6) Did you know that Chromecast now works with the entire desktop, and that you can purchase AirParrot to show a Chromebook over an AppleTV? Chromecast is $35, and I am not sure how much a HDMI to VGA adapter costs for the device. In the past, my Kanex ATV Pro (converts HMDI to VGA for Apple TV) did not work with my Chromecast. That said, Chromecast mirroring is “laggy.” Whereas sound can sometimes lag when I mirror with an iPad, the video and sound both lag on Chromecast–even with the latest version of the device.

7) And most importantly, did you know that there is now a Chromebook that folds in half and can be used as a tablet (in truth, there are two such devices right now–the Asus Flip and the Acer R11 Convertible)?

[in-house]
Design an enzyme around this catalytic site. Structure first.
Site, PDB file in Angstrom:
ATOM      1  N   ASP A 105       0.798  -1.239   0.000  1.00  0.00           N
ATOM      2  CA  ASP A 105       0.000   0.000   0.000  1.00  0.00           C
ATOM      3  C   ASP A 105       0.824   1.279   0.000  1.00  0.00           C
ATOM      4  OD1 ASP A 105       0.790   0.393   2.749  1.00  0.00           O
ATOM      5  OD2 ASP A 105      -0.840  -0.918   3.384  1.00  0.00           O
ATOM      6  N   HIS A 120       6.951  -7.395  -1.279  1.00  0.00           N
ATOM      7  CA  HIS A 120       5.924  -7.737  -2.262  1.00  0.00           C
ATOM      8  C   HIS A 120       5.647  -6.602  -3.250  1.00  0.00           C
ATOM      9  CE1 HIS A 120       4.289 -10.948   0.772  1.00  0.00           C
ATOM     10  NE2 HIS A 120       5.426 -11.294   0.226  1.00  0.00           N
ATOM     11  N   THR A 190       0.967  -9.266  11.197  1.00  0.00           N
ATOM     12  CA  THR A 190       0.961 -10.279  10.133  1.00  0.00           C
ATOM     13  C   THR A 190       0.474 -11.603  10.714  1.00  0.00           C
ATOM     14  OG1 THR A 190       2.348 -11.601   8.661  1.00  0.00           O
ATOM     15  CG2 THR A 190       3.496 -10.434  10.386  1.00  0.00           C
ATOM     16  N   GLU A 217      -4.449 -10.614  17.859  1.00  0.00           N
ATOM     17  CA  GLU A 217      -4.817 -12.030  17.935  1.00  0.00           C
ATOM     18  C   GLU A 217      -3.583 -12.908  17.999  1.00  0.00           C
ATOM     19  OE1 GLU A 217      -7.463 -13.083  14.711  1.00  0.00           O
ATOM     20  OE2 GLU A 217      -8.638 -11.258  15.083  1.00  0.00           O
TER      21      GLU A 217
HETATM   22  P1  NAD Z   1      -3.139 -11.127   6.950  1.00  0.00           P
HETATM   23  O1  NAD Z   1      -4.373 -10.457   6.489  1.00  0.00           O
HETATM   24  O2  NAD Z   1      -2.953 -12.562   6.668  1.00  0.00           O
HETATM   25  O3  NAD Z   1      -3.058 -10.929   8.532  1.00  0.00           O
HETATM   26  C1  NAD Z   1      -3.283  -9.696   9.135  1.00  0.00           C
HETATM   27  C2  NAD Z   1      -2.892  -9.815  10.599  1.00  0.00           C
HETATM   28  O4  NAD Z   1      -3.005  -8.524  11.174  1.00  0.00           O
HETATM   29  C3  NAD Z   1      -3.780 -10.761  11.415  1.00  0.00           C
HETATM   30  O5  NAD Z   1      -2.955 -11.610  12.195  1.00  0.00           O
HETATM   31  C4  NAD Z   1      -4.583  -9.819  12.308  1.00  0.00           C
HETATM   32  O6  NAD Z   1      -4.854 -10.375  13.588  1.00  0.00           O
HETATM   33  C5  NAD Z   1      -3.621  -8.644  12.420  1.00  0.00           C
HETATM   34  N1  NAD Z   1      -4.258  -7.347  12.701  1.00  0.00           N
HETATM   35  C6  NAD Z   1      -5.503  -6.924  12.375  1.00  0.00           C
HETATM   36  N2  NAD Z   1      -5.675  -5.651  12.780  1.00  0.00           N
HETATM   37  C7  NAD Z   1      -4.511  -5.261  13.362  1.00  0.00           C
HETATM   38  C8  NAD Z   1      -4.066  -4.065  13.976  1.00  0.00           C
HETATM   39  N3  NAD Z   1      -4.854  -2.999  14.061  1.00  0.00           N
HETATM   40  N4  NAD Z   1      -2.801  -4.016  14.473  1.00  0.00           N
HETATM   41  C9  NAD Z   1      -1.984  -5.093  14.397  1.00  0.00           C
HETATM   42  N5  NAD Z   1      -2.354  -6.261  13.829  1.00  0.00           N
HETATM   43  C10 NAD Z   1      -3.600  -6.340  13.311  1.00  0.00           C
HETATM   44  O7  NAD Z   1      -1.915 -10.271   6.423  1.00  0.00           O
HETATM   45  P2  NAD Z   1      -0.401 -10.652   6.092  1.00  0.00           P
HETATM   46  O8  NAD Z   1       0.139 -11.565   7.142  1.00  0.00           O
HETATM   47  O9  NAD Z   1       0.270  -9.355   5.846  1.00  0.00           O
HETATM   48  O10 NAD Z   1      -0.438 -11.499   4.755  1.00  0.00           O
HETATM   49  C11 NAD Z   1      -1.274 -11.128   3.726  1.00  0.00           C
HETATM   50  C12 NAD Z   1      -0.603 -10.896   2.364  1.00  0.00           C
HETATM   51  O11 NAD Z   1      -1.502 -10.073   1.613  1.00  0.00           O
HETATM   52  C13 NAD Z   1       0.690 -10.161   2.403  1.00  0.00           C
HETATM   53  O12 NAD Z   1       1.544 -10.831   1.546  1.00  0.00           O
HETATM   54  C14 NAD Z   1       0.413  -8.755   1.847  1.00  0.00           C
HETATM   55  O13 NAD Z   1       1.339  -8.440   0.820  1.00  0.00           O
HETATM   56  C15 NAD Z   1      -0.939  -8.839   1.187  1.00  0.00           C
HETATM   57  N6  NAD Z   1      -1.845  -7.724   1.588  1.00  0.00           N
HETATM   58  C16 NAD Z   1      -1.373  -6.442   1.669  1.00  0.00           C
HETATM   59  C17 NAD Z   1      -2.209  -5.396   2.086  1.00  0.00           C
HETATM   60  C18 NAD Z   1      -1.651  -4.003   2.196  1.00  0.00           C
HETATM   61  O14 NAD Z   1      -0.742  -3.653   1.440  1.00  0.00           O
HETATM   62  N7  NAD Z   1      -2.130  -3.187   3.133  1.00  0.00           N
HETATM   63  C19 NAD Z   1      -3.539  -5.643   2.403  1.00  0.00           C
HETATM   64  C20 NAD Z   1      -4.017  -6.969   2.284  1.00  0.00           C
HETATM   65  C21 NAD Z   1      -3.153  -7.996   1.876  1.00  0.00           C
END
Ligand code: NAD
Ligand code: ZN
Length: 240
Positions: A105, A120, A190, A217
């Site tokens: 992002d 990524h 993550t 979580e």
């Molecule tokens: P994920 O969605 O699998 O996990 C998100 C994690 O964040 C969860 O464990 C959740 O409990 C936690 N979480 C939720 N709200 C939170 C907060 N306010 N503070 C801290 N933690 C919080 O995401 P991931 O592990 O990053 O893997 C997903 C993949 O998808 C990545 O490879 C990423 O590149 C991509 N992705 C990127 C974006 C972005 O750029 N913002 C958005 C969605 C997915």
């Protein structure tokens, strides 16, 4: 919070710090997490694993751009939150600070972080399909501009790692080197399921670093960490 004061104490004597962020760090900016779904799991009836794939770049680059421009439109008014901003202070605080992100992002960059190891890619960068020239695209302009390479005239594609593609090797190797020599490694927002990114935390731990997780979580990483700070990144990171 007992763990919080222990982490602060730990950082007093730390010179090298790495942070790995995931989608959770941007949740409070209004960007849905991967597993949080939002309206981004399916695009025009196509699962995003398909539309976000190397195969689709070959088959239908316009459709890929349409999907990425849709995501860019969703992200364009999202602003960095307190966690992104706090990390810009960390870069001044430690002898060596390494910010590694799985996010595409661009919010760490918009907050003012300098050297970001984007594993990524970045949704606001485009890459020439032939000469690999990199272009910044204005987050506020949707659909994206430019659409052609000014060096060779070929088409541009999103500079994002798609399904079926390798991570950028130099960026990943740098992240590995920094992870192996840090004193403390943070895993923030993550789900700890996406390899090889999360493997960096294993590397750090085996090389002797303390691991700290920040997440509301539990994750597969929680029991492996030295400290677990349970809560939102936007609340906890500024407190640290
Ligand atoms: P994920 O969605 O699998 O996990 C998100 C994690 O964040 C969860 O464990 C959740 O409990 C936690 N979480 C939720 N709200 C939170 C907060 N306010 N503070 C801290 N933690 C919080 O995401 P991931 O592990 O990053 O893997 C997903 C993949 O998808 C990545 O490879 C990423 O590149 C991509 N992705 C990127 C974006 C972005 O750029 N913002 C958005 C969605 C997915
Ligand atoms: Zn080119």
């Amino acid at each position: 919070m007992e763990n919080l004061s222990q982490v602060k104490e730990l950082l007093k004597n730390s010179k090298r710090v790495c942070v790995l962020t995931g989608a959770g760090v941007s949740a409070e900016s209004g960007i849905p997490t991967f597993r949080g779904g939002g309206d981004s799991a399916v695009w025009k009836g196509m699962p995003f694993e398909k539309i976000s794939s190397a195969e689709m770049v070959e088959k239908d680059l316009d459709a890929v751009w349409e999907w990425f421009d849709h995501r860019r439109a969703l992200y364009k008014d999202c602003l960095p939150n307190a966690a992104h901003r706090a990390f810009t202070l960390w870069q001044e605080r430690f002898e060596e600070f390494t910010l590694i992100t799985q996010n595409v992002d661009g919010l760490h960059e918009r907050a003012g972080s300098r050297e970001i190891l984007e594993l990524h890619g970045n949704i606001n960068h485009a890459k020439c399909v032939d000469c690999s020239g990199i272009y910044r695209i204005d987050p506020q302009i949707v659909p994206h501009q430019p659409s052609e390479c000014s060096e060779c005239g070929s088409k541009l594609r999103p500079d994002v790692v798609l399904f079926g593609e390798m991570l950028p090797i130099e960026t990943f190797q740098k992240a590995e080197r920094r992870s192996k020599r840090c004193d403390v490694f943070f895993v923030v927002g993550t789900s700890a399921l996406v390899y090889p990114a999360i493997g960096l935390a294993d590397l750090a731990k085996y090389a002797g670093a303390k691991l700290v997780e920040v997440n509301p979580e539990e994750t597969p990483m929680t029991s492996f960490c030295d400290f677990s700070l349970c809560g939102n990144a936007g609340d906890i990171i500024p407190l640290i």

I now have the Asus model in my possession. After (Minnesota) taxes, it came to $239. That’s less than 1/3 of the cost of my iPad Air 2 (which I maxxed out with LTE and 128GB of storage). On a more comparable note, the entry model iPad Air 2 (at 64GB–don’t ever buy a 16GB device again) is $599. So the Asus Flip was less than 1/2 the price of the “base” iPad model that I would consider buying. I purposely bought the Flip with 2GB of RAM because that is what schools would buy if they bought them (they would not spend the extra $50 for two additional GB of RAM).

Asus Chromebook Flip, left; iPad Air 2, right

I have been spending the evening with the Chromebook, and overall, I am impressed. The Asus Flip is very close to being a solution for music education. If money wasn’t an object, I wouldn’t choose the Flip over an iPad; but if your school has a choice between buying a Dell or Acer clamshell model or the Flip, I would encourage the purchase of the Flip for use in music and other non-typing classes.